Orangeburg the town, I’m sure, is lovely. Orangeburg pipes, however, are not.
Orangeburg pipe was first invented in the mid-1800s, and used all the way up until 1970. Even today, a lot of areas of the U.S. rely on Orangeburg pipe to supply water. There’s only one problem– it’s basically cardboard.
Back before plastics were a thing, Orangeburg pipe was pretty rad. It’s layers of wood pulp covered in pitch, and pipe sections could be pretty much just smushed together. It’s lightweight, can be cut with a handsaw, and not terribly expensive. Unfortunately, when you run water through pitch-covered cardboard for decades, bad things begin to happen. Pipes get punctured by tree roots, lose their shape, and even collapse.
Right now, we have filters on pretty much every tap in our apartment. We generally don’t get the full use out of them, though– filters designed to last three months end up dying after one. When I go to change them, they’re always covered in bits of black grit and tiny fragments of wood. Honestly, I’m really, really glad we decided to go with filters, but it does suck that they end up croaking prematurely because the pipes in this area are literally crumbling. I don’t even want to think about how much water gets wasted, or about all of the filter waste. I purposefully chose ones that are recyclable, but still.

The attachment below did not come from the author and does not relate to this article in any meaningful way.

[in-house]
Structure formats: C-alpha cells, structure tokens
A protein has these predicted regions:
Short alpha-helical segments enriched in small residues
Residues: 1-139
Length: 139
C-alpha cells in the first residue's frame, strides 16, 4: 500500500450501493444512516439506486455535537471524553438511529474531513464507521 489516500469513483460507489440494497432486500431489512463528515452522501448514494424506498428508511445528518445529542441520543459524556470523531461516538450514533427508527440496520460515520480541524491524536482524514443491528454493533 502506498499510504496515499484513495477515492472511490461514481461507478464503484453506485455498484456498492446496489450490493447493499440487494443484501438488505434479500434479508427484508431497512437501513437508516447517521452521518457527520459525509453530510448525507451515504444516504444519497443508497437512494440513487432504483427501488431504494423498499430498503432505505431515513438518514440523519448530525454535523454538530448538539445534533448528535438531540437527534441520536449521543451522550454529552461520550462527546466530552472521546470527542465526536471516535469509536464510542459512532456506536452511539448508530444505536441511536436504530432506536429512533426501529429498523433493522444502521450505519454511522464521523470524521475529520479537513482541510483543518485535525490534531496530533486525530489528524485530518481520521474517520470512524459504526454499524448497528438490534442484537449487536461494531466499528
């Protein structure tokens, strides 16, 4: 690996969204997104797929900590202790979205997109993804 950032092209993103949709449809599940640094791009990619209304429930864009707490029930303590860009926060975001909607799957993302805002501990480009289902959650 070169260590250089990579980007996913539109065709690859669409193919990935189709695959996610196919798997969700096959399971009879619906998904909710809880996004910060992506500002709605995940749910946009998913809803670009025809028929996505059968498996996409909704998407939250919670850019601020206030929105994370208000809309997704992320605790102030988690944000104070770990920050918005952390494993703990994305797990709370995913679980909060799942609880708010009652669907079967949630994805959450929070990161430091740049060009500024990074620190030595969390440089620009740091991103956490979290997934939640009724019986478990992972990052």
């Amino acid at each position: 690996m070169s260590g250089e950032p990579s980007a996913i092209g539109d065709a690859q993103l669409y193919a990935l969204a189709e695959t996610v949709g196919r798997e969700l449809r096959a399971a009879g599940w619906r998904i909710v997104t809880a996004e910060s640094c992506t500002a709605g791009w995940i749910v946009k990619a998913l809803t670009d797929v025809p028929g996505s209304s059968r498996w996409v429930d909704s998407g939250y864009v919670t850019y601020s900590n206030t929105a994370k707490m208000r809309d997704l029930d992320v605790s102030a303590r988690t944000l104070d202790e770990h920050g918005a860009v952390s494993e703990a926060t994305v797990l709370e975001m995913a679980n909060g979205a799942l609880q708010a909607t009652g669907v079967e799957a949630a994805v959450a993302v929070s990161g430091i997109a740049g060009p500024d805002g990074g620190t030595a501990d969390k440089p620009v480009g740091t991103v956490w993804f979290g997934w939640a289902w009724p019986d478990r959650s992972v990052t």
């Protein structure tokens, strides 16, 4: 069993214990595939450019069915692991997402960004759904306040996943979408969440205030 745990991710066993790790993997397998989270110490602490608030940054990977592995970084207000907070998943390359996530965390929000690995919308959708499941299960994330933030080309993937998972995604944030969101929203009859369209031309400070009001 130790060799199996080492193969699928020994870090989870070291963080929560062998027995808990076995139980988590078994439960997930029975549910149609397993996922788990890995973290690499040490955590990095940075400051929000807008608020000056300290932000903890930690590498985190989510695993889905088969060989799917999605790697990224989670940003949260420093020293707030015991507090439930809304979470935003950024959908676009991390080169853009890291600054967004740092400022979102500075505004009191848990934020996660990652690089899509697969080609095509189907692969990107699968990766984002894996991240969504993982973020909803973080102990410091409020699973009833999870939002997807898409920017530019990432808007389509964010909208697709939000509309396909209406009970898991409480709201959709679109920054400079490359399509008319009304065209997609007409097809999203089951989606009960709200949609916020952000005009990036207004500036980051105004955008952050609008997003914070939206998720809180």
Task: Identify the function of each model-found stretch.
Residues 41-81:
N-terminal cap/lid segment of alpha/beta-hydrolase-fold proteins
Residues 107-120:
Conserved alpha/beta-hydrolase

The other issue here is that DC’s tap water is both hard and high in chlorine. EPA guidelines say that tap water should have at least “detectable” amounts of chlorine in them for sanitation reasons. That means over 2 ppm. While I am totally in favor of coping with chlorine instead of, say, pseudomonas (Warning: graphic) or shigella, it still makes life difficult for someone who gets contact dermatitis from showering. I’ve tried everything, from reducing the number of baths I take, to hypoallergenic soap, to alternatives to soap, to just washing with plain water. Filtering helps for awhile, until the filter begins to reach the end of its life (about the three week mark). The worst part is that chlorine and chloramine concentrations tend to go up during cold weather, since the cold keeps them from breaking down as easily, so my problems are likely to get worse for the next few months.
I remember when I worked for an environmental lab, an airport was trying out a new protocol for removing chlorine from their wastewater. They applies cartridges of ascorbic acid to their hydrants, and it worked well. That form of vitamin C can be a little rough on the pH, however, so I’m hoping that sodium ascorbate will work just as well. I just need to work how how much I’d need per bath for water with a 4 ppm chlorine concentration, and hopefully I’ll be good.
Fingers crossed that I don’t end up using baby wipes to bathe all winter.